The Mandarin: Good old-fashioned, upper Eastside Chinese food
Story by Patricia M. Grossman, Photo by Julie Wiatt from the Silver Spring Voice
With all the talk about Asian Fusion restaurants popping up around the Metro DC area it’s comforting to know there are still the good old-fashioned Chinese restaurants like the Tian Jin Palace.
Forget the fancy dim sum and hot pot casseroles, gimme an egg roll served with classic Chinese duck sauce and hot mustard. I did order one filled with steaming cabbage and I was taken back to my childhood as I sopped up the last of the sauce and hot mustard with the crunchy end of the egg roll. I was pleased to find that it was not greasy. Of course, I had to order a bowl of Won Ton soup and it, also, was quite good. Many times I have been served Won Ton soup so bland I could not get myself to eat it, but this broth had a depth to it, and the wontons were filled with tasty, fresh pork.
Tian Jin Palace offers a good selection of appetizers, all reasonably priced: fried wontons, shrimp toast, fried chicken wings, steamed or pan-fried meat or vegetable dumplings, barbeque roast pork, beef sticks, and barbeque spareribs, to name a few. My dining partner and I ordered steamed vegetable dumplings, along with the dipping sauce. We had no complaints.
For those limiting their meat intake the Tian Jin Palace offers a wide array of vegetable dishes ranging in price from $4.50 for lunch to $6.95 for dinner.
Quite a few bean curd dishes are offered: bean curd with mixed vegetables, kung pao bean curd, pan-fried bean curd with black bean sauce, ma pao bean curd (soft bean curd in a hot brown sauce), and braised bean curd. Eggplant with basil and crispy eggplant also top the list, along with an interesting dish called, “Yellow Bird”—vegetables wrapped in tofu skin and braised in oyster sauce.
My companion insisted on seasonal vegetables with black mushrooms. I wasn’t too enthusiastic at first, but when the dish came to the table it was absolutely lyrical: swirls of baby bok choy in a light sauce topped with a generous portion of black mushrooms filled the large round plate. It was simply delicious—and so healthy too.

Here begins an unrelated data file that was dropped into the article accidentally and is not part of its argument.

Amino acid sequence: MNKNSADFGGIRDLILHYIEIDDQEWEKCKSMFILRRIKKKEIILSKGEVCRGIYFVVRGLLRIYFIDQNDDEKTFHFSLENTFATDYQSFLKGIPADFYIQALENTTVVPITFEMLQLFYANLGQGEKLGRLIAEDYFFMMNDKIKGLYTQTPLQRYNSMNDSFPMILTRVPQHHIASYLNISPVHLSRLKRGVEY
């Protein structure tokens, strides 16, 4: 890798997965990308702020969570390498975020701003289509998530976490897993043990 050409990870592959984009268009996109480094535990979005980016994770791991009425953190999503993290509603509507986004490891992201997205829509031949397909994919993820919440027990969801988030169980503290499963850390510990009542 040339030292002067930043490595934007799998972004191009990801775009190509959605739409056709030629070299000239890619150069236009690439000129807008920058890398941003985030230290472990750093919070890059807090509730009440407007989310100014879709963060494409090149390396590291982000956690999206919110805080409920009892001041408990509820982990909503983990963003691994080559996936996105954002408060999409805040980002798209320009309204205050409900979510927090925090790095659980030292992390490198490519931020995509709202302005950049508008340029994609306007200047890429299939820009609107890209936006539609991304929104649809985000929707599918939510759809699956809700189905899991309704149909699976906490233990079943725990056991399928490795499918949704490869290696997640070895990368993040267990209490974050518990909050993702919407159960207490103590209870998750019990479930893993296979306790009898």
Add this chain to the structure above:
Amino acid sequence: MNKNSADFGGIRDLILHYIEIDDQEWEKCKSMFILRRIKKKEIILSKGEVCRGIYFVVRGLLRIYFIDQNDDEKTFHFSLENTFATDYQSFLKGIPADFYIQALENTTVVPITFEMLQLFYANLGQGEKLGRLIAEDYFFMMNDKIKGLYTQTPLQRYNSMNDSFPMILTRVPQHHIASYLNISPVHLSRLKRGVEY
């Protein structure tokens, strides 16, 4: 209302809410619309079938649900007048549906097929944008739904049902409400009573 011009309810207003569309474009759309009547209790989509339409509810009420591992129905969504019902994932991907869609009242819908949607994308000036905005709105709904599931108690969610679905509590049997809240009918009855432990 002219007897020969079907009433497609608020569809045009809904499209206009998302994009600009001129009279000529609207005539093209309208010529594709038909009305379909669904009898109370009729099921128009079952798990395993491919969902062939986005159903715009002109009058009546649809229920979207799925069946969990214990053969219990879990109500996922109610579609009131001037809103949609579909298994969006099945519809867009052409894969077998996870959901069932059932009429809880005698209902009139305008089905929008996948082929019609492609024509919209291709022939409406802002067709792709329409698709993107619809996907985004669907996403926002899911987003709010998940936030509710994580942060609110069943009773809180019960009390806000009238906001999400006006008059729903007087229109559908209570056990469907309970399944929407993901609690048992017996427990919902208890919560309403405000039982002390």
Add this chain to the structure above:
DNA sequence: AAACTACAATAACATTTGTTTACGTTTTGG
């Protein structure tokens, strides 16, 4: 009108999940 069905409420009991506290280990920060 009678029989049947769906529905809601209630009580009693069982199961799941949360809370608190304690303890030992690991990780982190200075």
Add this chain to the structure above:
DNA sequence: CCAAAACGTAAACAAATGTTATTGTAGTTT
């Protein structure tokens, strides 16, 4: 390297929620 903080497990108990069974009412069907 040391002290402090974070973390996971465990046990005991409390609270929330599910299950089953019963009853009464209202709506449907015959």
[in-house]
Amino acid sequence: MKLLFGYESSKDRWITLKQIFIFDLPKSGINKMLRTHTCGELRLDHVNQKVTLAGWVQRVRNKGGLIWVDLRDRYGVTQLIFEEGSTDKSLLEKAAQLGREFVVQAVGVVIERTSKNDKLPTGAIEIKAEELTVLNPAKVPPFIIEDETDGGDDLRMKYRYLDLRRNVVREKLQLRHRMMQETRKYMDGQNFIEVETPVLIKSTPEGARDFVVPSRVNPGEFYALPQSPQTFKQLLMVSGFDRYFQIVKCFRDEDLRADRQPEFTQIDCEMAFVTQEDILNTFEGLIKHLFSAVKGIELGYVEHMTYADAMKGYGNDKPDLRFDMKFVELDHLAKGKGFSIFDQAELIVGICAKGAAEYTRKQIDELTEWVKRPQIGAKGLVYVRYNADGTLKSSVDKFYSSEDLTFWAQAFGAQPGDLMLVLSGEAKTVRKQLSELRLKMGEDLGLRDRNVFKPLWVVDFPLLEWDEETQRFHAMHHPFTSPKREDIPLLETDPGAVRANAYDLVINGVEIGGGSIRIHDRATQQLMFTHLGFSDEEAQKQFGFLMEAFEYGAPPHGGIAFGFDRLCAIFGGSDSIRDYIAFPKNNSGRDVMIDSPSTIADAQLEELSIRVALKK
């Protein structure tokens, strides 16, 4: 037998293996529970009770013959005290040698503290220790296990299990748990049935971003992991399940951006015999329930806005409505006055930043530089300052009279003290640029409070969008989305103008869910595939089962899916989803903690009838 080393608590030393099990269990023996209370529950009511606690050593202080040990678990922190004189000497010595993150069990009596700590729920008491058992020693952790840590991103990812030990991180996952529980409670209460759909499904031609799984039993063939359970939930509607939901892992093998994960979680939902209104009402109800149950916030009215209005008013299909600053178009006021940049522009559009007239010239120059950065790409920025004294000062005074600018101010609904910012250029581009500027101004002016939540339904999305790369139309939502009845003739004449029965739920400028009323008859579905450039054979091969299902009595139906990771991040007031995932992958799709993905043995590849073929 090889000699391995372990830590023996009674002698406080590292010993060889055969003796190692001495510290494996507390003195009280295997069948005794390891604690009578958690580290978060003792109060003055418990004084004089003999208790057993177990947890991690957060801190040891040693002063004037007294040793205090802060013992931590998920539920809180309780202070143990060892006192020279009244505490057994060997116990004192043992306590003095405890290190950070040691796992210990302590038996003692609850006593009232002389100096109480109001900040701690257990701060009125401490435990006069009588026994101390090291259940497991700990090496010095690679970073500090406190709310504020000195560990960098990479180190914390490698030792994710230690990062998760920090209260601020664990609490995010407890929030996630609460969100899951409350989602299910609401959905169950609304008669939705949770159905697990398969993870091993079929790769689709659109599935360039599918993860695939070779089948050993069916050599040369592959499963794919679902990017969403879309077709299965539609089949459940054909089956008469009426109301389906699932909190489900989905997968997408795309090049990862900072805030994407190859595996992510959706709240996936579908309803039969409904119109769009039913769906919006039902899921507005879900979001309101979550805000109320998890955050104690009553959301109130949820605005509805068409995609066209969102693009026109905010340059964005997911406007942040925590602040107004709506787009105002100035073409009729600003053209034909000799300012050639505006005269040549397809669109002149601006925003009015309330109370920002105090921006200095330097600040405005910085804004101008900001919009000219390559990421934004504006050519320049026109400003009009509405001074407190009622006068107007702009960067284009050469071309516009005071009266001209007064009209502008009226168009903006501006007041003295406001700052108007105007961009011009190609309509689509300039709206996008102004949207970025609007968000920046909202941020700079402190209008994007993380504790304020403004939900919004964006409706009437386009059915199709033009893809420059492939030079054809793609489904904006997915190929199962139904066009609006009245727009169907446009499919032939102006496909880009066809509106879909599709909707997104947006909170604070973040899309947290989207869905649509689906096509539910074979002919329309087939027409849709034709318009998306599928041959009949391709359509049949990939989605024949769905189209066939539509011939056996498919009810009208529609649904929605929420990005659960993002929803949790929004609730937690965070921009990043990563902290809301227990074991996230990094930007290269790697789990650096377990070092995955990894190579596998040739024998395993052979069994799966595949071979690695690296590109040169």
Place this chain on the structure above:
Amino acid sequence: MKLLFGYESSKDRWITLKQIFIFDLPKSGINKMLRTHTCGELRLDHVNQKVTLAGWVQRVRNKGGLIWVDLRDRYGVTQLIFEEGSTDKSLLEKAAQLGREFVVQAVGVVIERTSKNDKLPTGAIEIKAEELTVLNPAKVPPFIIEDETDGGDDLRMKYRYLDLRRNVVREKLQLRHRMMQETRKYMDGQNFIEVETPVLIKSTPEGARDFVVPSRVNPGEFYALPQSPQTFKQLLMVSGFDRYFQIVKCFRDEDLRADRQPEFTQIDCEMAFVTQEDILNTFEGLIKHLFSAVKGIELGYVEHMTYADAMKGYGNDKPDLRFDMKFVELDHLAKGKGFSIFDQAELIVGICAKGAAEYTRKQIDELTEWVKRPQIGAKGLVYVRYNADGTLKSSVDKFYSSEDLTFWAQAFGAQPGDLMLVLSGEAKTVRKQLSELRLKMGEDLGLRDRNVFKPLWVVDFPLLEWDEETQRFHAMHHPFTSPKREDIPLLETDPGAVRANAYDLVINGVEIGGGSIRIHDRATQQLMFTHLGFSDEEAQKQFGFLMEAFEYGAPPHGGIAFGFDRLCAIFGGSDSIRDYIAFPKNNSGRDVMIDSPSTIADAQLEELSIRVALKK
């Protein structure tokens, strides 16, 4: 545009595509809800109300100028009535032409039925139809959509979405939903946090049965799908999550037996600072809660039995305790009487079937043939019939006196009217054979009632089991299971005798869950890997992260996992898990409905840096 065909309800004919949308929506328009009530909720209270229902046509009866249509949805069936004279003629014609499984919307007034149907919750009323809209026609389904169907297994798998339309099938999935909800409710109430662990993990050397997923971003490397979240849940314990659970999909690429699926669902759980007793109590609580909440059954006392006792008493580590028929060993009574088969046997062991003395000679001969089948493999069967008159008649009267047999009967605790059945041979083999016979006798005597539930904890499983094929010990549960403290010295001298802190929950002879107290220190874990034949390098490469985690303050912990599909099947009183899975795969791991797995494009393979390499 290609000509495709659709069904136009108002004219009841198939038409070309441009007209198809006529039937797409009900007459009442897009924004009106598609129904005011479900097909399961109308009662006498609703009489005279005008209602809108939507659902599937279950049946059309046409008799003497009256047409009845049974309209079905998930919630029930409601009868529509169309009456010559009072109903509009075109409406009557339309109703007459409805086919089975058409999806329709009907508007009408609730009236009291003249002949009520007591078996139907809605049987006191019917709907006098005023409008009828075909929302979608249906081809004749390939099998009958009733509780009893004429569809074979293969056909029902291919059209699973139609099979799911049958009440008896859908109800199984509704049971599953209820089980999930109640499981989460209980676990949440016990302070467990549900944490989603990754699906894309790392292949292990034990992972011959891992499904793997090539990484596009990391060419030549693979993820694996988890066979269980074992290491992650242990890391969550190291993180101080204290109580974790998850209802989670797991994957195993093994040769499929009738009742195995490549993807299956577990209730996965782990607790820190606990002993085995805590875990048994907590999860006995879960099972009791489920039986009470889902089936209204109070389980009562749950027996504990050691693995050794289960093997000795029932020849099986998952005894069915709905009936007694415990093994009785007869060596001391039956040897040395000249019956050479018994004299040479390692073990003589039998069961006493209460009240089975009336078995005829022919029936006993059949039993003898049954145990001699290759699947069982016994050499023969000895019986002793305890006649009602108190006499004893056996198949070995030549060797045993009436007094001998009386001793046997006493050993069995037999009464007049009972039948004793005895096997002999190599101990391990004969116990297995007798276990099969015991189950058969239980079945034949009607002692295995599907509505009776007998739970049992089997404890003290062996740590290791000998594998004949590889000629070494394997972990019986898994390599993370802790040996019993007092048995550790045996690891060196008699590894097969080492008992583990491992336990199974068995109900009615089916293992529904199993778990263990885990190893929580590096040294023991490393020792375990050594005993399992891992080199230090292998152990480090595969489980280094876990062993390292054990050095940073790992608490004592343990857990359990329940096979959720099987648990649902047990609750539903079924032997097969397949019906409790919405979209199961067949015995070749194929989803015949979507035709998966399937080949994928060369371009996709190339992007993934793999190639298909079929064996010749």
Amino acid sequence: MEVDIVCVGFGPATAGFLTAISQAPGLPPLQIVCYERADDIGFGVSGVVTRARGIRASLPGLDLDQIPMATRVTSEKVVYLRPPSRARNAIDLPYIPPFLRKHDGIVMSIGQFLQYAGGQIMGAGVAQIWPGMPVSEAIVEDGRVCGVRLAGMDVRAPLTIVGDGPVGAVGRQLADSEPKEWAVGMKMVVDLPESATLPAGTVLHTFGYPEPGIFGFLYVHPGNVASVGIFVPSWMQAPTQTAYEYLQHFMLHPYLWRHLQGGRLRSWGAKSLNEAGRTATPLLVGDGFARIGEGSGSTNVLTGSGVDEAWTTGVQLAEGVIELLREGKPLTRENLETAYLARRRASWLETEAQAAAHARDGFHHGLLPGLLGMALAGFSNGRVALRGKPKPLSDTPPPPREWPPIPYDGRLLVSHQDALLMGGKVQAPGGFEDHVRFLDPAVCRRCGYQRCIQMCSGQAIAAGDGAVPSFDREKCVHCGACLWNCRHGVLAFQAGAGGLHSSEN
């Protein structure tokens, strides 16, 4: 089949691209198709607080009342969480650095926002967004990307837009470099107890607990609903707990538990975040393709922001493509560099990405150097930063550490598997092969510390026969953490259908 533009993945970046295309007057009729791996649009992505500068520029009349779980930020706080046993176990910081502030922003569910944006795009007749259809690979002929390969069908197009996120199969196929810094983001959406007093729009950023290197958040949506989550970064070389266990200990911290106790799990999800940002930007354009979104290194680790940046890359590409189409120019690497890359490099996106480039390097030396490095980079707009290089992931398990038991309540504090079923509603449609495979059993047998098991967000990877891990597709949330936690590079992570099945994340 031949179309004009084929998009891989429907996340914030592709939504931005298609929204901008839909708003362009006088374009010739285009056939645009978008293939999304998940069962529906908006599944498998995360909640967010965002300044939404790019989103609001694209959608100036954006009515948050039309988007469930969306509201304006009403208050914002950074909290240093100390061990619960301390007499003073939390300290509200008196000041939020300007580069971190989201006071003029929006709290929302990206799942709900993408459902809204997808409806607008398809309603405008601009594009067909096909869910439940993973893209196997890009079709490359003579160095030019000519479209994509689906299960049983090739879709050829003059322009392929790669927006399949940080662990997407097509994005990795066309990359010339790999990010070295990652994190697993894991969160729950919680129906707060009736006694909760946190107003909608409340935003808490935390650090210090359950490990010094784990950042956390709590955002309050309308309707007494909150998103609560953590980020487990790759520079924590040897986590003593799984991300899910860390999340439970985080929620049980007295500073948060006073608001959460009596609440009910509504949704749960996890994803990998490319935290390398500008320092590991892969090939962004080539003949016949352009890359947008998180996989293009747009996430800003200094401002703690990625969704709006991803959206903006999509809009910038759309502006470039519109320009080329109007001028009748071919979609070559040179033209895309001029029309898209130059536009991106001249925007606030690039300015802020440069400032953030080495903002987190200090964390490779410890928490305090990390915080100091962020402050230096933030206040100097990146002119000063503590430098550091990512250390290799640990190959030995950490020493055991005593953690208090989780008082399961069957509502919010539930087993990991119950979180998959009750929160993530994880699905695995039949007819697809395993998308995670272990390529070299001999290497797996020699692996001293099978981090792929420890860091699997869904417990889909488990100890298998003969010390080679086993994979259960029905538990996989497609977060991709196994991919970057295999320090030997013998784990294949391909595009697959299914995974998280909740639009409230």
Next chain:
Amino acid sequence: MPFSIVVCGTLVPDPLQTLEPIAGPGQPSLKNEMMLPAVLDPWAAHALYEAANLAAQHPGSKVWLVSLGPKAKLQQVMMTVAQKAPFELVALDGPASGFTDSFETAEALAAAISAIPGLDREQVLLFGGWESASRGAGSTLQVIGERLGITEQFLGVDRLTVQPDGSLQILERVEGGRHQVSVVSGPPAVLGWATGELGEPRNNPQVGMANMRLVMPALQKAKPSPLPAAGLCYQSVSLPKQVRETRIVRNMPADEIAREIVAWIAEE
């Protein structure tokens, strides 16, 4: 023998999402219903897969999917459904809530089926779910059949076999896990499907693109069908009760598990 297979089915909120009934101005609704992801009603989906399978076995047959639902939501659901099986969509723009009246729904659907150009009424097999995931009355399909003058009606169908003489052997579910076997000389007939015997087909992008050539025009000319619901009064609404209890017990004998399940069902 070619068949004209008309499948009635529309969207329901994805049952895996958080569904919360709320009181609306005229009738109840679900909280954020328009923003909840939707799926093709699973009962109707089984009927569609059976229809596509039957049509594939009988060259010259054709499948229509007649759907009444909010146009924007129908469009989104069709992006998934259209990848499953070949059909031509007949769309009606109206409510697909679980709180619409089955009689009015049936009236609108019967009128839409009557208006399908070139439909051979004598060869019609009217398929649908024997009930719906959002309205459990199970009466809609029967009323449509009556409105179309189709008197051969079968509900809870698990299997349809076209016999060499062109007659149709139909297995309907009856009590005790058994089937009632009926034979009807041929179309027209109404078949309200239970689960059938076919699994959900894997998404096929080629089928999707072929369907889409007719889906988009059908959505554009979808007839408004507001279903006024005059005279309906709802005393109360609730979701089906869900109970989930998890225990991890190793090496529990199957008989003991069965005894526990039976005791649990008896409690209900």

Some of the typical chicken dishes include lemon chicken, kung pao chicken, chicken with cashew nuts, and Hunan, Szechuan and General Tso’s chicken.
Shaw Erh Tong beef—sliced tenderloin with black mushrooms, bamboo shoots and snow peas in beef sauce—sounds really appealing, especially at the unbelievable price of $7.95. Other beef dishes include beef with broccoli, green pepper beef, and beef with snow peas. The Palace serves seafood as well: shrimp with broccoli, scallops with black bean or garlic sauce, sweet and sour prepared.
A low-fat menu—”no MSG, less oil, less salt”—includes steamed chicken, beef, shrimp, or scallops with vegetables in either a white or brown sauce. Fried rice, lo mein and chow mein are on the menu as well, naturally.
For those who work in downtown Silver Spring, the Tian Jin Palace offers a lunch deal ($4.95-5.50), which includes an egg roll, fried or steamed rice, and an entree. such as sweet and sour chicken, kung pao chicken, beef with broccoli, double cooked pork, fried rice, lo mein, chow mein, vegetable delight or eggplant with garlic sauce.
Other bargains too good to pass up are the Chef’s Specialties. I immediately went for the half of a Peking Duck at $11.95.
A half a duck, with skin, is served in small boneless pieces on a white oblong plate, accompanied by a plateful of tortilla sized pancakes, three inch strips of scallions, and a little dish of moderately sweet plum sauce (hoisin sauce).
First you take a pancake, spread it open on your plate and drizzle the plum sauce—which happens to be exceptionally good at this establishment. Then, take a few pieces of duck meat and place them on top of the plum sauce; add a piece or two of skin; sprinkle some scallions; and roll the pancake like an enchilada. Finally, lift the pancake and its precious ingredients and bite. Timeless decadence.
At Tian Jin Palace, I found that, while the duck meat was just a tad dry, the skin was not the least bit oily.
Another Chef Speciality is crispy whole fish served either Szechuan style, or with sweet and sour, black bean, or Hunan sauce.
A special treat, which we didn’t order since we had chosen the dumplings instead, are the homemade noodle dishes (well, not quite homemade—these noodles are delivered fresh daily from Chinatown in D.C.). I’ll be back to try either the Noodle Stew with pork, vegetable and dried shrimp or one of the other noodle dishes ($6.50).
The Tian Jin Palace is a wonderful addition to the ever-evolving tastes of Silver Spring. And if you grew up on good, basic Chinese food, like I did, the Tian Jin Palace may rekindle memories of your youth.
Hours are Monday through Thursday 10:30 a.m. - 10:30 p.m., Friday and Saturday 10:30 a.m. - 11:00 p.m. and Sunday 11:00 a.m. - 10:00 p.m.
The Tian Jin offers free delivery within a three-mile radius, $10.00 minimum.